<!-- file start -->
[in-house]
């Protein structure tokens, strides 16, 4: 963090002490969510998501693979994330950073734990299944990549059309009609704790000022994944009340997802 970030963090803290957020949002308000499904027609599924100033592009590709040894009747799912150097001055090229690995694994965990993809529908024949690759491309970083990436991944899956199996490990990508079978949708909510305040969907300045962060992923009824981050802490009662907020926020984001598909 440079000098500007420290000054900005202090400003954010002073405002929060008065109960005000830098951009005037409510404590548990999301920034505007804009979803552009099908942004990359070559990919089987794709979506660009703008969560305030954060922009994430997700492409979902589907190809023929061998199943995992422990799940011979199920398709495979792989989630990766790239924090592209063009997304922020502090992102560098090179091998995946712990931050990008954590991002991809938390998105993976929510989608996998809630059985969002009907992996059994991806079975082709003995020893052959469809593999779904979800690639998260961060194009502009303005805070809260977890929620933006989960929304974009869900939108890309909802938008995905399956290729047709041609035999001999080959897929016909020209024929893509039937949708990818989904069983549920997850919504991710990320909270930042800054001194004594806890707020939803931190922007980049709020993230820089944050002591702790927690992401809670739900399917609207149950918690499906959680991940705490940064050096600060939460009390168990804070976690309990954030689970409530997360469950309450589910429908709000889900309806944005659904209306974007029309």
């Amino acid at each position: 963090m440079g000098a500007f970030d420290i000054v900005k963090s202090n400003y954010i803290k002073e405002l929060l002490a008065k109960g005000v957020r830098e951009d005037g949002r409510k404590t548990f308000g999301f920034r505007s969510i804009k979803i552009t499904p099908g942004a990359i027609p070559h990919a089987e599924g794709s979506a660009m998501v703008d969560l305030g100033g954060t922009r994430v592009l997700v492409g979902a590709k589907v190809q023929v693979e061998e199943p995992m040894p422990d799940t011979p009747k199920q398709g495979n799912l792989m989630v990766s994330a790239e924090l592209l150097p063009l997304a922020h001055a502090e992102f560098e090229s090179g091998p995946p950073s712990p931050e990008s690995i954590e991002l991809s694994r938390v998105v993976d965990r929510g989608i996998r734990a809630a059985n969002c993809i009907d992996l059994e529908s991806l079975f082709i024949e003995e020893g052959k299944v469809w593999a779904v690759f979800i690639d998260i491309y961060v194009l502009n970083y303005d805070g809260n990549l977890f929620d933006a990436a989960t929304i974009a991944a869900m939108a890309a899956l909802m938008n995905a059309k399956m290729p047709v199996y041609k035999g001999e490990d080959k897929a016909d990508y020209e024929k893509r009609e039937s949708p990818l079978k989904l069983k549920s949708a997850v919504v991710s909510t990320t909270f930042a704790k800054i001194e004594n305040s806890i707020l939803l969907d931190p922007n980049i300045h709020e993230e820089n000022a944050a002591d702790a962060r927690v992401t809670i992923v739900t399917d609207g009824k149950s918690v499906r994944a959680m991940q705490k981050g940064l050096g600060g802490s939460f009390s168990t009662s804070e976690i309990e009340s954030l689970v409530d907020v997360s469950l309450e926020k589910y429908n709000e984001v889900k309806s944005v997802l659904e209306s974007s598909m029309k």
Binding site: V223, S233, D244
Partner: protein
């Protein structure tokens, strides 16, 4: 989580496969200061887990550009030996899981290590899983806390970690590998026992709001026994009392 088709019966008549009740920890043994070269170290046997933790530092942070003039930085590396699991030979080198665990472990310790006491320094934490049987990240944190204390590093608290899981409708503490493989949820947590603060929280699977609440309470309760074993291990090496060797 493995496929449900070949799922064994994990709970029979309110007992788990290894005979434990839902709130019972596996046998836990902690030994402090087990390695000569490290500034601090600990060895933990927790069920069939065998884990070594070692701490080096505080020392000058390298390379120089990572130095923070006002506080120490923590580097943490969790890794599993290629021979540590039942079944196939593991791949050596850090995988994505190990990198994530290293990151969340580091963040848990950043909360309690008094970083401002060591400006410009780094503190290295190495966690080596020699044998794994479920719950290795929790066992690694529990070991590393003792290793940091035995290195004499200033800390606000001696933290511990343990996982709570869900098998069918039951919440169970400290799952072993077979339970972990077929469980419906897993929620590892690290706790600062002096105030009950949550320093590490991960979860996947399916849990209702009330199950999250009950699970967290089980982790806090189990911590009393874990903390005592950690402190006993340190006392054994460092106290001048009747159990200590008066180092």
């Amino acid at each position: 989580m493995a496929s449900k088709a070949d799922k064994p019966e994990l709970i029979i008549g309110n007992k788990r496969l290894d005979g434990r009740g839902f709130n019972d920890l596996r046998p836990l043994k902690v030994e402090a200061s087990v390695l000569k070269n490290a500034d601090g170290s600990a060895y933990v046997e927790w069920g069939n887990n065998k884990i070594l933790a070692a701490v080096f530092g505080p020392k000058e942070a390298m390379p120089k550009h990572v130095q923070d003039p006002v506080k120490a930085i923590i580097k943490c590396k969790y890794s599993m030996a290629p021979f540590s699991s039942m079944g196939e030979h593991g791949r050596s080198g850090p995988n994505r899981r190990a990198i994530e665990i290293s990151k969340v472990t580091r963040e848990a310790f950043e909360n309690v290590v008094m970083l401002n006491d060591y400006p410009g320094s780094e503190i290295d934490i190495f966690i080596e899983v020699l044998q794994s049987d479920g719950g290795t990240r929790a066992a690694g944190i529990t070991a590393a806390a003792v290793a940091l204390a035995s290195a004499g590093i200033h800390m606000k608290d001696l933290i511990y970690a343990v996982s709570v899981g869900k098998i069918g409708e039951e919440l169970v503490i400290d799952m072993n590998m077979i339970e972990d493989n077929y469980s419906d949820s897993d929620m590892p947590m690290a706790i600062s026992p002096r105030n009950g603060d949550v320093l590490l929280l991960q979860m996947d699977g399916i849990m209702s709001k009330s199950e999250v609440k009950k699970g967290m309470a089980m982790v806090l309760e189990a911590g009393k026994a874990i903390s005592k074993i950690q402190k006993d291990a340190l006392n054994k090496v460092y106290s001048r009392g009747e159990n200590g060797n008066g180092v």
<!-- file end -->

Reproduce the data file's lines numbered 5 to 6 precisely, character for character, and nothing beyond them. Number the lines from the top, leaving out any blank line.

Partner: protein
């Protein structure tokens, strides 16, 4: 989580496969200061887990550009030996899981290590899983806390970690590998026992709001026994009392 088709019966008549009740920890043994070269170290046997933790530092942070003039930085590396699991030979080198665990472990310790006491320094934490049987990240944190204390590093608290899981409708503490493989949820947590603060929280699977609440309470309760074993291990090496060797 493995496929449900070949799922064994994990709970029979309110007992788990290894005979434990839902709130019972596996046998836990902690030994402090087990390695000569490290500034601090600990060895933990927790069920069939065998884990070594070692701490080096505080020392000058390298390379120089990572130095923070006002506080120490923590580097943490969790890794599993290629021979540590039942079944196939593991791949050596850090995988994505190990990198994530290293990151969340580091963040848990950043909360309690008094970083401002060591400006410009780094503190290295190495966690080596020699044998794994479920719950290795929790066992690694529990070991590393003792290793940091035995290195004499200033800390606000001696933290511990343990996982709570869900098998069918039951919440169970400290799952072993077979339970972990077929469980419906897993929620590892690290706790600062002096105030009950949550320093590490991960979860996947399916849990209702009330199950999250009950699970967290089980982790806090189990911590009393874990903390005592950690402190006993340190006392054994460092106290001048009747159990200590008066180092």